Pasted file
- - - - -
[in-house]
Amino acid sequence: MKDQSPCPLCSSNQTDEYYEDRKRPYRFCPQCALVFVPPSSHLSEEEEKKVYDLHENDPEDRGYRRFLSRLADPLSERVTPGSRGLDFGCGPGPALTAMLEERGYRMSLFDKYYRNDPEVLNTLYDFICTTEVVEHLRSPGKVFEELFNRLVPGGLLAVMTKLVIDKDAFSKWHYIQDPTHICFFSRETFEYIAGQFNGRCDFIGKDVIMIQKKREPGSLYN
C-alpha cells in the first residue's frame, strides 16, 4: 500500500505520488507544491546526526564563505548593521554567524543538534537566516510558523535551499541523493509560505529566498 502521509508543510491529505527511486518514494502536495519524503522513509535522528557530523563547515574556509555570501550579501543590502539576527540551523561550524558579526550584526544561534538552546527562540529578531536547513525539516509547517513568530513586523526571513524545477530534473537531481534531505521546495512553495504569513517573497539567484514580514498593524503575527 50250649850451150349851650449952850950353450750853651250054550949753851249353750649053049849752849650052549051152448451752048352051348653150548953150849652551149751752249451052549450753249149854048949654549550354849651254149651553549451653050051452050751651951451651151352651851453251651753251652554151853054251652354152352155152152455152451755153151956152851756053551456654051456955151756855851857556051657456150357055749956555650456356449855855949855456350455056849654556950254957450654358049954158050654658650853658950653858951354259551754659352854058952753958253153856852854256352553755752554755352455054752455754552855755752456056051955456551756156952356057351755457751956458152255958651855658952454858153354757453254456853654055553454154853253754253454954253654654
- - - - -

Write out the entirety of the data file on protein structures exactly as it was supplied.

[in-house]
Amino acid sequence: MKDQSPCPLCSSNQTDEYYEDRKRPYRFCPQCALVFVPPSSHLSEEEEKKVYDLHENDPEDRGYRRFLSRLADPLSERVTPGSRGLDFGCGPGPALTAMLEERGYRMSLFDKYYRNDPEVLNTLYDFICTTEVVEHLRSPGKVFEELFNRLVPGGLLAVMTKLVIDKDAFSKWHYIQDPTHICFFSRETFEYIAGQFNGRCDFIGKDVIMIQKKREPGSLYN
C-alpha cells in the first residue's frame, strides 16, 4: 500500500505520488507544491546526526564563505548593521554567524543538534537566516510558523535551499541523493509560505529566498 502521509508543510491529505527511486518514494502536495519524503522513509535522528557530523563547515574556509555570501550579501543590502539576527540551523561550524558579526550584526544561534538552546527562540529578531536547513525539516509547517513568530513586523526571513524545477530534473537531481534531505521546495512553495504569513517573497539567484514580514498593524503575527 50250649850451150349851650449952850950353450750853651250054550949753851249353750649053049849752849650052549051152448451752048352051348653150548953150849652551149751752249451052549450753249149854048949654549550354849651254149651553549451653050051452050751651951451651151352651851453251651753251652554151853054251652354152352155152152455152451755153151956152851756053551456654051456955151756855851857556051657456150357055749956555650456356449855855949855456350455056849654556950254957450654358049954158050654658650853658950653858951354259551754659352854058952753958253153856852854256352553755752554755352455054752455754552855755752456056051955456551756156952356057351755457751956458152255958651855658952454858153354757453254456853654055553454154853253754253454954253654654